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Estate planning still required if the death tax dies

The current tax reform proposals under consideration in Congress call for the demise of the federal estate tax, which was also nicknamed as the death tax. Part of the reasoning for ending this tax is that it will eliminate complicated estate planning. Nonetheless, a well-thought-out Arizona estate plan will still be necessary, even with the death of the estate tax.

Because of recent increases in post-death transfers that are tax-exempt, liability from taxes has less emphasis in estate planning. Regardless of taxes, however, estate planning helps assure the intended disposal of assets after death. Executing a will and creating a trust helps assure that assets go to the right heirs.

A complicated family situation increases the need for this planning. Setting up a trust helps with the prudent financial management of assets bequeathed to minor children. Individuals who were married multiple times and have children from different spouses need serious planning to decrease the likelihood of disputes among different family members and even litigation.

If the federal estate tax is eliminated, tax planning will be necessary nonetheless. Now, taxpayers receive a step-up in the tax basis of the assets of an inheritance in exchange for the potential liability of the estate tax.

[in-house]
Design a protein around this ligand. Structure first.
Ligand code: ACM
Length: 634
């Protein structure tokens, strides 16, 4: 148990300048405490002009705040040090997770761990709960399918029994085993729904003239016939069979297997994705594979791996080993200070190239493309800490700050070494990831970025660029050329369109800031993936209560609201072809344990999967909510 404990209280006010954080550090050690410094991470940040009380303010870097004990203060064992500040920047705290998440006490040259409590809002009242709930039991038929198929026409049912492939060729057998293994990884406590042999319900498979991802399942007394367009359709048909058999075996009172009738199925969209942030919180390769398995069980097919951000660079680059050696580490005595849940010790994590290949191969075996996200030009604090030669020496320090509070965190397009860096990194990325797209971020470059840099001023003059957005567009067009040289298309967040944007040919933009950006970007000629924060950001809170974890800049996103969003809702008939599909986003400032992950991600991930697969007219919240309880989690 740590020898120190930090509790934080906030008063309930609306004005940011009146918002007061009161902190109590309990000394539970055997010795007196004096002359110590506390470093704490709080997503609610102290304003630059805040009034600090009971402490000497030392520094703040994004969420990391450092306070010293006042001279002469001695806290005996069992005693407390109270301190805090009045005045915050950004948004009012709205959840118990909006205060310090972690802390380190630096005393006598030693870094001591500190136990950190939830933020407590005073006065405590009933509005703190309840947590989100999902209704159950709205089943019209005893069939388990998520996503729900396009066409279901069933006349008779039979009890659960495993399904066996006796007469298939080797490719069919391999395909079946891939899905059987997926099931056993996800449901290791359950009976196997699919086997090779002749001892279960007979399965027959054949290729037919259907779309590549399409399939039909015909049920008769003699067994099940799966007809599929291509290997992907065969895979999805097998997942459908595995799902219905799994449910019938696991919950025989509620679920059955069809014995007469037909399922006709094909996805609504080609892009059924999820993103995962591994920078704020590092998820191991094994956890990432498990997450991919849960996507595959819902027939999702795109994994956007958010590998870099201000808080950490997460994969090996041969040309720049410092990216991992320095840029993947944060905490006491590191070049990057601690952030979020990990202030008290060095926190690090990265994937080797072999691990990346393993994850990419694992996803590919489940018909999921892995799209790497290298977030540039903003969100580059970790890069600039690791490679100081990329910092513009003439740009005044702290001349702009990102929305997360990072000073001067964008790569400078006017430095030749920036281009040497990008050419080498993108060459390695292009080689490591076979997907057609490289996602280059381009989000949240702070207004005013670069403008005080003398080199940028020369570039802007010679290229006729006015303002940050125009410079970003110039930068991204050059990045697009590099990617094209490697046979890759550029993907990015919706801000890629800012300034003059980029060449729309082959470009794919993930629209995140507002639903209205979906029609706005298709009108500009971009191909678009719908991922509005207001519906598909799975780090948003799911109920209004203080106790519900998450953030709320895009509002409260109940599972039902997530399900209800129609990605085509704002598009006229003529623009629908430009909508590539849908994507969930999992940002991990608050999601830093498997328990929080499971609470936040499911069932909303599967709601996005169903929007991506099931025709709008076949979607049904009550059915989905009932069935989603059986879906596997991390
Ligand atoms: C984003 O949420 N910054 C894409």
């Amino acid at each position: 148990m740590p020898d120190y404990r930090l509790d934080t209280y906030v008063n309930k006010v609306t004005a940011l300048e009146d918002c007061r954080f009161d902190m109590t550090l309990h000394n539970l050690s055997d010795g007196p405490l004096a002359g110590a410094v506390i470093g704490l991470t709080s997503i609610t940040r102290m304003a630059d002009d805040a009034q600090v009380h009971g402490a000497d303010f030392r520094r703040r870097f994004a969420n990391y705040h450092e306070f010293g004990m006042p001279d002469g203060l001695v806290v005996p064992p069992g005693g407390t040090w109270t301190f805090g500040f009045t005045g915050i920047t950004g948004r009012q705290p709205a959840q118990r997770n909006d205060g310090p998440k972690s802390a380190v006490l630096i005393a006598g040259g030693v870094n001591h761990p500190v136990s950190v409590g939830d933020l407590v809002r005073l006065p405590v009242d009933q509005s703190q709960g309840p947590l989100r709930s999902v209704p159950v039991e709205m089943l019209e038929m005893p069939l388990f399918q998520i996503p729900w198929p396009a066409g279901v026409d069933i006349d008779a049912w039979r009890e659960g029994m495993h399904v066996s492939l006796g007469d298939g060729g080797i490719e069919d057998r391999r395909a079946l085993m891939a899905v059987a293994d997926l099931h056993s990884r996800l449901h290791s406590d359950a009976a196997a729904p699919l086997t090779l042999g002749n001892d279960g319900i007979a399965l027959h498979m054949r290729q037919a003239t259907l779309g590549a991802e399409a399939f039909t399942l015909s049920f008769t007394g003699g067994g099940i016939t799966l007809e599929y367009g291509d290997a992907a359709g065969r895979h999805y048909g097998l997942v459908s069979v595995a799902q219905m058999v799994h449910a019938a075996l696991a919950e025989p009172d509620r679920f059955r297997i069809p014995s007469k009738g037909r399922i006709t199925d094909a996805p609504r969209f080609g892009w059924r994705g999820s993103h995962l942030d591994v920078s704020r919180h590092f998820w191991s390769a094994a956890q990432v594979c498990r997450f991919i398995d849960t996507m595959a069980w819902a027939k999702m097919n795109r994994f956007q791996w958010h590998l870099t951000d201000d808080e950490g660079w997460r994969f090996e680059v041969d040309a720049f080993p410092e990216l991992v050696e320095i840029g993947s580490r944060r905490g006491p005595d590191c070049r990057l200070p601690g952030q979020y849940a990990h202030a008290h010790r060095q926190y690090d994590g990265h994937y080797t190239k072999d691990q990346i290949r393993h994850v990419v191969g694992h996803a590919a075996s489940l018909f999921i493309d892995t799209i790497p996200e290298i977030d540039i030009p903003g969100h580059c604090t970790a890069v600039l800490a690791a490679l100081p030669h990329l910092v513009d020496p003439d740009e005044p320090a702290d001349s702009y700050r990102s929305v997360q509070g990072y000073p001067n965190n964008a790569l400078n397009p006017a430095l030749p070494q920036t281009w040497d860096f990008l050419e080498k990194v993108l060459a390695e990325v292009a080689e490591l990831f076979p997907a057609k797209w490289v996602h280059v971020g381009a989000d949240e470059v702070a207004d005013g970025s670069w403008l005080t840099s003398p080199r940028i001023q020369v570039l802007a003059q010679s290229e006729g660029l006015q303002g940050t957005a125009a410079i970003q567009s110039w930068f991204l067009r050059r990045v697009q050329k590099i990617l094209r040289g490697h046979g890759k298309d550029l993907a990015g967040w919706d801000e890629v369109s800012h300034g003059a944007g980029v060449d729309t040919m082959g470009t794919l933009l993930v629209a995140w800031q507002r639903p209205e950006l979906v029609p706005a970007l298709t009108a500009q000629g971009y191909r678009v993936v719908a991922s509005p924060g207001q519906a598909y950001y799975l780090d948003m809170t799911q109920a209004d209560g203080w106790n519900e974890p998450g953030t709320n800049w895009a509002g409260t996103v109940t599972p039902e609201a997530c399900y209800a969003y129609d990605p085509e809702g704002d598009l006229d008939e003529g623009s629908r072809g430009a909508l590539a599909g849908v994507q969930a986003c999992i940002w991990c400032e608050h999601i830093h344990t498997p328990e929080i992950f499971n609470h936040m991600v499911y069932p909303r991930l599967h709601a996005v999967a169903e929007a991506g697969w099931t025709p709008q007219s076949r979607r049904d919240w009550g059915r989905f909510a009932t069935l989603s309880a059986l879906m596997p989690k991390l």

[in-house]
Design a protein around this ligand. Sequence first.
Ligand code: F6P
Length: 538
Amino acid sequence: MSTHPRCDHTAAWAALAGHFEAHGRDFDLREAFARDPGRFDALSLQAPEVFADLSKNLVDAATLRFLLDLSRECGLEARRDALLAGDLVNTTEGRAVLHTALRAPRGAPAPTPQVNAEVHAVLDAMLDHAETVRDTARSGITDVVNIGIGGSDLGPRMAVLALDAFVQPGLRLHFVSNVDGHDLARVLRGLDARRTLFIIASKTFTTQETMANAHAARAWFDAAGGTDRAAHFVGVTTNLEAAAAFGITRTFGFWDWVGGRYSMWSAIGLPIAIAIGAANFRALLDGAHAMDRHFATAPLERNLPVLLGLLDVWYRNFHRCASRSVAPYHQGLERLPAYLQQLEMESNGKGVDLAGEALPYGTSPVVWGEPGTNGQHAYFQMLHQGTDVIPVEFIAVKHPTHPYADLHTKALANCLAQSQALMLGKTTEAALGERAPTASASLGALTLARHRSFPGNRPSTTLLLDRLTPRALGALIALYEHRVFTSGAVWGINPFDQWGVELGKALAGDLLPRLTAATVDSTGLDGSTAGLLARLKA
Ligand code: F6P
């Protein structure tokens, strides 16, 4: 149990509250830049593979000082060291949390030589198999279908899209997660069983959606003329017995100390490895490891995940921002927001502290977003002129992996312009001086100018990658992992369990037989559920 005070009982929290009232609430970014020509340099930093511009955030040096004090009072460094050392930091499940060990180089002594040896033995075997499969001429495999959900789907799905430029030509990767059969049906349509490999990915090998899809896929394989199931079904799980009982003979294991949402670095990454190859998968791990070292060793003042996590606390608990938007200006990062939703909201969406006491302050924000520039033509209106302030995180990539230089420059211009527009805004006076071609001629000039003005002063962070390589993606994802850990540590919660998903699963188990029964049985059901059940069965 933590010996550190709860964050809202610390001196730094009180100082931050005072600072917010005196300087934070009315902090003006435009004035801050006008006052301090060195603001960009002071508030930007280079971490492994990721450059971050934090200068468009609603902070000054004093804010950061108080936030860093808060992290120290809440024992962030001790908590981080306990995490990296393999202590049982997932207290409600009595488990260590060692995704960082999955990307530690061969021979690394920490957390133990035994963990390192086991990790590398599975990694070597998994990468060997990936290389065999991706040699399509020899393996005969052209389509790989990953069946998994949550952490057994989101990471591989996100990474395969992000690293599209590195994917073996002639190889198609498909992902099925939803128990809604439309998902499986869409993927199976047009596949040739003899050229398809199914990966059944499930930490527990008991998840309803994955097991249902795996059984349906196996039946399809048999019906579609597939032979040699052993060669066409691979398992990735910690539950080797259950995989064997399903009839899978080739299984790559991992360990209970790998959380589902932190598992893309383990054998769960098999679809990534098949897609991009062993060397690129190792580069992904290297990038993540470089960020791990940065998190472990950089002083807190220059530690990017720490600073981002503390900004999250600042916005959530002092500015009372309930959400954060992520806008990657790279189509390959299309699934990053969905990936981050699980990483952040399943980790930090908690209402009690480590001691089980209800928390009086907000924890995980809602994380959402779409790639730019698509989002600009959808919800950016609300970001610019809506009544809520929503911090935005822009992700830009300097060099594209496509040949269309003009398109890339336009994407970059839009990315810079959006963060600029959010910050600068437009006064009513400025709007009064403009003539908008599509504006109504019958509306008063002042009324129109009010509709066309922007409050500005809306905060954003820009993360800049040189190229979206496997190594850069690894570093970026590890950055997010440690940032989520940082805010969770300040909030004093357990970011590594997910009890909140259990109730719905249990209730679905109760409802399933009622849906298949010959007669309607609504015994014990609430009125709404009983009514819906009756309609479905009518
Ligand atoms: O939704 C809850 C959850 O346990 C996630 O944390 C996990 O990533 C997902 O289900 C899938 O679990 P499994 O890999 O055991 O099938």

The end of the federal estate tax will likely eliminate the step-in basis. Heirs will have to account for capital gains tax liability. They may also have more difficult obligations for accounting for the tax basis of the deceased individual who left them these assets.

The federal estate tax exemption is currently $5.49 million. Arizona does not impose estate or inheritance taxes. However, 14 states and the District of Columbia have an estate tax. Six states have inheritance taxes covering the recipients of gifts.

Inadequate estate planning can lead to financial and emotional problems for heirs and even to lawsuits. An attorney can help assure that estate and tax planning fulfill a person's intent and that documents comply with Arizona law.

Source: The Motley Fool, "3 reasons you'll still need estate planning even if the death tax disappears," Dan Caplinger, Oct. 21, 2017

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